The Indian retail industry is expected to grow to around US$ 800 billion by 2015 with more than 20% being contributed by the organized retail formats. Despite poor infrastructure, lack of cold chains – a necessity for food retail, availability of trained manpower and many other difficulties, India has been regarded as one of the top most destinations to watch out for as far as the retail sector is concerned.
But the biggest problem facing the retail sector is the absence of much differentiation between say a Reliance Fresh and Big Bazaar or a Westside and a Shoppers Stop or a Landmark and a Crossword. There doesn’t seem to be any difference in positioning between any of them or if there is, I doubt the public is aware of it.
Indian retailers seem to have finally understood that to survive in the long run, they need to do something different which would attract customers. And they seem to have found their answer in loyalty programmes and schemes. A loyalty programme is something which can attract a customer again and again to a store. It encourages a customer to spend more to buy more.
From Tata Docomo’s special T24 connection in partnership with Future Group to redeeming points at Lifestyle and Shoppers Stop to discounts on basis of gender at Van Heusen, retailers seem to be identifying newer methods of catching their customers and retaining them.
Shoppers Stop and Reliance Retail along with many others are encouraging their loyal and privileged customers to shop at particular times of the day and month. Probably they could be informed about special offers, discounts and this way the retailers could study their buying patterns. Customization on the basis of their demographics and psychographics is becoming the name of the game as all these retailers have databases of loyal customers.
But then the number of loyalty program members in India is still very low at around 20 million. With the advance of the retail industry, this is surely expected to go further up. But the question remains on whether loyalty programs are the only answer to retailers differentiating themselves.
Branding / Positioning
I doubt if any of Spencer, More, Reliance Retail, Big Bazaar have concentrated on branding. Even if they have, it must be really negligible. Future Group has branded to a large extent but none of the others. In the fast competitive world in any industry in this country, branding and positioning is taking a very important role.
Service / Process
The customer touch-points which involve the interaction of a customer with a store need to be properly managed. These involve the interactions before he reaches the store, while at the store and after leaving the store. I wonder if any of the stores give it much importance. Eg: If you see a Big Bazaar or a Reliance Fresh during some sale or something, get ready for chaos. No one knows what to do.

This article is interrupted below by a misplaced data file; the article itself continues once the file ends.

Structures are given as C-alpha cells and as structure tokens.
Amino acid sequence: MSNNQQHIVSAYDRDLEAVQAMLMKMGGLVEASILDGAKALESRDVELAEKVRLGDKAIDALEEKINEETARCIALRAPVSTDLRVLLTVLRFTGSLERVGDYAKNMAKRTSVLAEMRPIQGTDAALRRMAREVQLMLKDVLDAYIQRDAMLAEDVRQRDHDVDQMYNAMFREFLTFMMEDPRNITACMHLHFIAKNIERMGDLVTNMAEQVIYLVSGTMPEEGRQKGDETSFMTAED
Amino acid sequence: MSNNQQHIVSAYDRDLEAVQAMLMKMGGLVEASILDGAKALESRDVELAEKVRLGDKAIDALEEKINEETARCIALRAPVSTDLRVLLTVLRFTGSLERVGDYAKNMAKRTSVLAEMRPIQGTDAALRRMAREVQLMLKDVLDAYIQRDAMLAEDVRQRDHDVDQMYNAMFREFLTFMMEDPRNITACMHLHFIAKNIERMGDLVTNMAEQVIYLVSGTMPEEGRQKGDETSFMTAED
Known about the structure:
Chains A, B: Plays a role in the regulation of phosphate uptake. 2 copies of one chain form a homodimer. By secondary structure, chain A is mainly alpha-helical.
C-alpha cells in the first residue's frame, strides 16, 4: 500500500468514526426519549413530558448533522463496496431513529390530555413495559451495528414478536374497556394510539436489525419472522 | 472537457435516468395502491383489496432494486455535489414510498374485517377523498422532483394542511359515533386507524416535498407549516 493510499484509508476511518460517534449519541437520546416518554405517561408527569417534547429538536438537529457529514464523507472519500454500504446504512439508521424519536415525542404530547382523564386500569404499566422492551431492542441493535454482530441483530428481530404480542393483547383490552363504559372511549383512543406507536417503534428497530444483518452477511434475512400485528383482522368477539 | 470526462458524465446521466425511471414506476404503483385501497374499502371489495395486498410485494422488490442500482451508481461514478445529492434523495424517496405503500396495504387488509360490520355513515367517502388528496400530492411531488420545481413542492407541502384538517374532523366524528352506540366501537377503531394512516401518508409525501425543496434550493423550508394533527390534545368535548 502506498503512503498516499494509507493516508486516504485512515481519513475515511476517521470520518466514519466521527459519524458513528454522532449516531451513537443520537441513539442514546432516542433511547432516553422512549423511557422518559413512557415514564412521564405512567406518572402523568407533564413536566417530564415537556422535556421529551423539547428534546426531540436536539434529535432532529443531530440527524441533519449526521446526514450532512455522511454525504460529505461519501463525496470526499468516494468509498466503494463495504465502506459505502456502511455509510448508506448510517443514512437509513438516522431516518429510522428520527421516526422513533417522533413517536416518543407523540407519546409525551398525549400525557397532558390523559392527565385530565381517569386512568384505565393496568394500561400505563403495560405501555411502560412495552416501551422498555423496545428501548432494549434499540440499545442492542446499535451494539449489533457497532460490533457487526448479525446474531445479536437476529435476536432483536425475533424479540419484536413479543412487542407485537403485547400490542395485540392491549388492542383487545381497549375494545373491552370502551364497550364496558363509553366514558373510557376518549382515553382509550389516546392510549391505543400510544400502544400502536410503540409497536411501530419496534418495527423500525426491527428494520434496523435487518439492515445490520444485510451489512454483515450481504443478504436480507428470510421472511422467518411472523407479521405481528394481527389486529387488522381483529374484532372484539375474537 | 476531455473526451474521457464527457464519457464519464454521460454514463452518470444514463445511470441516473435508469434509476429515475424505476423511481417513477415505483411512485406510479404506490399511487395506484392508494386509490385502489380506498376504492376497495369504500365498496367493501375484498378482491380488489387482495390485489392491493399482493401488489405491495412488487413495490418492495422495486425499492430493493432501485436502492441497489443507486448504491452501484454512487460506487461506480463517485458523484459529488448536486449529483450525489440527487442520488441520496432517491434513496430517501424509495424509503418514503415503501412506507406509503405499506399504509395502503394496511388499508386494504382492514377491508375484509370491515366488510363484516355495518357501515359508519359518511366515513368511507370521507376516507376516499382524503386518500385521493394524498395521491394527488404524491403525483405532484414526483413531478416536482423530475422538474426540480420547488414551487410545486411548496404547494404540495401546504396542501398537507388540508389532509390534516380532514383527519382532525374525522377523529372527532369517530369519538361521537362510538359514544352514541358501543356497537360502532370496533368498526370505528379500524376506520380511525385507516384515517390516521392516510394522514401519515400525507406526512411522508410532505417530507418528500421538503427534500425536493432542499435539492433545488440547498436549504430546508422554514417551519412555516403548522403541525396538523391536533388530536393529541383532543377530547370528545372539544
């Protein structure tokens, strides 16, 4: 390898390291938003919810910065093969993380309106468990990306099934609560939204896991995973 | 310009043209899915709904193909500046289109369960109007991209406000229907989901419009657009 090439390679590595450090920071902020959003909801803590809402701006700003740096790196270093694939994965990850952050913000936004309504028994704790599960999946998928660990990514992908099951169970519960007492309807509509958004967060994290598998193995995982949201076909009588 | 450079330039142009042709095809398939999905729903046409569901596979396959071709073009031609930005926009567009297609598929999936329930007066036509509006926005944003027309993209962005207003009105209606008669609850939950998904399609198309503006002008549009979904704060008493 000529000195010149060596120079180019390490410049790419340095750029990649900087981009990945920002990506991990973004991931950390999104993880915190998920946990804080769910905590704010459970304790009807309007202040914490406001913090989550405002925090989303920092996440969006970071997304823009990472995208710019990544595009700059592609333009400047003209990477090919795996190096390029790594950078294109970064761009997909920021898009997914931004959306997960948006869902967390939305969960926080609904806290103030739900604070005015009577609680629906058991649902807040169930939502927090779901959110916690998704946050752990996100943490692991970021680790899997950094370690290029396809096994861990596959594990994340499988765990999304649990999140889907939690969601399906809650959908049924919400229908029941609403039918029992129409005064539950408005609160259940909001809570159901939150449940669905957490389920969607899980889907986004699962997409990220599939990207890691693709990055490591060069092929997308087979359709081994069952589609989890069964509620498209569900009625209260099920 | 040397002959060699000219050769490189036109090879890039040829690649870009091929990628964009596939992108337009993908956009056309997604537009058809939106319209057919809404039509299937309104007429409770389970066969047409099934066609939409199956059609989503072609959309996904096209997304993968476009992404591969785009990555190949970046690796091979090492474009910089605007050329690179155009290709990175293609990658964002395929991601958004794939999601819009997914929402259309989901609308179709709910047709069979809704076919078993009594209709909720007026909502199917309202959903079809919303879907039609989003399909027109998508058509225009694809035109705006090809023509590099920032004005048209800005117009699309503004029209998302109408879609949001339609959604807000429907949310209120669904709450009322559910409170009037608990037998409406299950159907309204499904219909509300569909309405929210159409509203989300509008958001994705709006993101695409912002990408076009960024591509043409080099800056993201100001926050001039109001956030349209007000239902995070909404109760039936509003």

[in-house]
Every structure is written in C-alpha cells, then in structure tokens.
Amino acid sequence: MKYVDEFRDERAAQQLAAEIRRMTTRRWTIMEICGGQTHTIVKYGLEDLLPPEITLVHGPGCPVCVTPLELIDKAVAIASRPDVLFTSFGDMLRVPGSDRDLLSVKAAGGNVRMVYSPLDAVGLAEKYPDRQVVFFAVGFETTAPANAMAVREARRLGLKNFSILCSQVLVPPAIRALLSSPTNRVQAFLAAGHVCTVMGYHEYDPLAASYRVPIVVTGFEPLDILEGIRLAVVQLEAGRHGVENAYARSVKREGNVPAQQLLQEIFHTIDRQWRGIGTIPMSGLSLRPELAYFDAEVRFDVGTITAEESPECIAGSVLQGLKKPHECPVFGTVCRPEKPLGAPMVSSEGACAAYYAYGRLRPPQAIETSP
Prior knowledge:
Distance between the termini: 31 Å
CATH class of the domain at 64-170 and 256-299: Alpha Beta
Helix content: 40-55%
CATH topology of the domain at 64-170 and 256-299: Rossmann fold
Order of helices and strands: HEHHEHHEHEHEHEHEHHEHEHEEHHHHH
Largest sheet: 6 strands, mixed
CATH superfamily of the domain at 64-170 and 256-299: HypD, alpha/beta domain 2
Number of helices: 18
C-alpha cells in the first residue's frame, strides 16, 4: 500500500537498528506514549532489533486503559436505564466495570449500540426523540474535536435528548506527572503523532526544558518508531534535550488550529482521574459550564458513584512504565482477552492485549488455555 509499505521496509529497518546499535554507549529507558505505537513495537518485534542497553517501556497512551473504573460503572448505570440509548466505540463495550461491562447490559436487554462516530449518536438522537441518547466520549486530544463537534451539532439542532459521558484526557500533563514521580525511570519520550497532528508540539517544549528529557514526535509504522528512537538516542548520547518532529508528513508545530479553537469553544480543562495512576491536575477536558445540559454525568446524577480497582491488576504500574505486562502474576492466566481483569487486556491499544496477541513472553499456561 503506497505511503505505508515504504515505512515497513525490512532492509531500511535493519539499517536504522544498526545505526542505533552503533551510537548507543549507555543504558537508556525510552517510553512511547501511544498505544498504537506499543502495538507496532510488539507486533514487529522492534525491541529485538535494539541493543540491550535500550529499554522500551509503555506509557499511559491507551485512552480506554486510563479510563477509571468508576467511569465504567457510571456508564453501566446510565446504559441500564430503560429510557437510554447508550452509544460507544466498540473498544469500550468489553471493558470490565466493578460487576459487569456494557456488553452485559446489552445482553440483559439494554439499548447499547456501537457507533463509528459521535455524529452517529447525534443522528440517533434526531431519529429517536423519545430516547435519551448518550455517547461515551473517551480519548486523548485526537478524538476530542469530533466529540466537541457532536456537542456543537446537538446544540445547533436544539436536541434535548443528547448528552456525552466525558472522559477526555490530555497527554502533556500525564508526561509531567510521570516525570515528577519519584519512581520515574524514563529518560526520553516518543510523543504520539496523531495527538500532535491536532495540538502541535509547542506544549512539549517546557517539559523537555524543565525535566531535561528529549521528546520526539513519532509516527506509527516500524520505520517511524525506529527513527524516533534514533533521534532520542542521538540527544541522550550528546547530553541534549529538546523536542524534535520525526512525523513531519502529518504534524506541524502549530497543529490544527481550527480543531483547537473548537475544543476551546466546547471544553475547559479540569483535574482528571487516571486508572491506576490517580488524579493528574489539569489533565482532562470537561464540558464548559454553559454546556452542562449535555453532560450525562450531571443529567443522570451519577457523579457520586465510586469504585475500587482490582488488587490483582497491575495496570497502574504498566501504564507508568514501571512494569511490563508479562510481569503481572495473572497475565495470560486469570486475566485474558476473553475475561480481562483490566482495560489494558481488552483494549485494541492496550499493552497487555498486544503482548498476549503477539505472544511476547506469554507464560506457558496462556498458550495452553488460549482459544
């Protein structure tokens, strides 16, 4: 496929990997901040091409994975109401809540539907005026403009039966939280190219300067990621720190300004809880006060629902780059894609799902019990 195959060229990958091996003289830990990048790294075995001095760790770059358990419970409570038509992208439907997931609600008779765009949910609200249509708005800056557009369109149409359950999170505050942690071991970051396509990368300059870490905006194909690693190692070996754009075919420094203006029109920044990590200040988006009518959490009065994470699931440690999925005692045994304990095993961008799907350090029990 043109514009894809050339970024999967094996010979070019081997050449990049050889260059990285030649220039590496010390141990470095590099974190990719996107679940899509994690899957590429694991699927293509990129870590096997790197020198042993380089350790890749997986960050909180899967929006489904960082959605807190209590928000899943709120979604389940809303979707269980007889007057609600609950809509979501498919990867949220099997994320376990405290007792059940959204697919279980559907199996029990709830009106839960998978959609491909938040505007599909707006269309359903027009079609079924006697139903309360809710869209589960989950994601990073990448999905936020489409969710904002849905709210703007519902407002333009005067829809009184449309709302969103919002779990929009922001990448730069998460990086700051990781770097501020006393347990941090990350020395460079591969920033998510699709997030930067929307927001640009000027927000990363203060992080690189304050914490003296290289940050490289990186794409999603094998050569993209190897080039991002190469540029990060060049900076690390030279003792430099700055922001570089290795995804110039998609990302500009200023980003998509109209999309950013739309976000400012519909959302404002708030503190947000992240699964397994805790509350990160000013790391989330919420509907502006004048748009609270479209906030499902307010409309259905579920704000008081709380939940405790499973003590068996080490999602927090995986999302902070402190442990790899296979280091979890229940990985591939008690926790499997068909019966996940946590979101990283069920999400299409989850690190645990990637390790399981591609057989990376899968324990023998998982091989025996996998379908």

People and Physical Evidence
Since a retail store is an integral part of the service industry, the people they employ and their physical evidence should be such that the customer comes often. It shouldn’t look like that the customer is buying from the road. If he goes to a store, it should look at least like a store.
In an industry which is crazily expanding every day, along with loyalty programs the above methods need to be keenly followed so that companies can move ahead of their competition.
Many Indian companies are now giving out loyalty programmes. From shopping malls to banks to flights, all seem to have the same mantra to retain their customer base – dole out loyalty programmes. But many a times, a loyalty programmes is far to extended and a customer never reaches the point where he/she can redeem the benefits. Well now this online grocery store http://www.mygrahak.com is doing just the opposite. They are offering loyalty points at various stages. A customer can redeem a bonus when he/she reaches 100 points or can wait to reach 500 points. This is a very good idea given the fact that customers don’t want to wait too long for a bonus gift.
It is indeed a nice article written @ Aseem.
Loyalty program has never been the answer to differentiate retailers. In itself it cannot. Loyalty program is just a tool to collect information on the consumers and their buying patterns. The Loyalty program in India still has not evolved. Tell me something if it is called a ‘loyalty program’ then why do retailers buy loyalties from customers. Since when have loyalties been bought? Infact Pantaloons has just recently revamped their loyalty program giving out their green cards for free along with other benefits.
Also retailers should move away from giving miniscule offers on loyalty programs to their customers for it really does not help in changing their loyalties. I as a customer may have 5 loyalty cards of different retailers but I may be shopping only from Pantaloons or maybe Shoppers Stop. Instead retailers should look at giving integrated benefits for example if one shops at Crossword then he or she should get benefits in other formats of Raheja Group like Shoppers Stop the next time they shop.
Another excellent article @ Aseem,
Only last night I was reading an article on Shoppers Stop in Business Standard which I felt is excellent and is relavent in this article.
Hope Trak readers will enjoy it.
Just my two paisa :)
Also the return of many NRI’s (the indian resources from Middle East also could help the Retail industry soon.
Isn’t Big Bazaar part of Future group …
//Branding / Positioning
I doubt if any of Spencer, More, Reliance Retail, Big Bazaar have concentrated on branding. Even if they have, it must be really negligible. Future Group has branded to a large extent but none of the others.//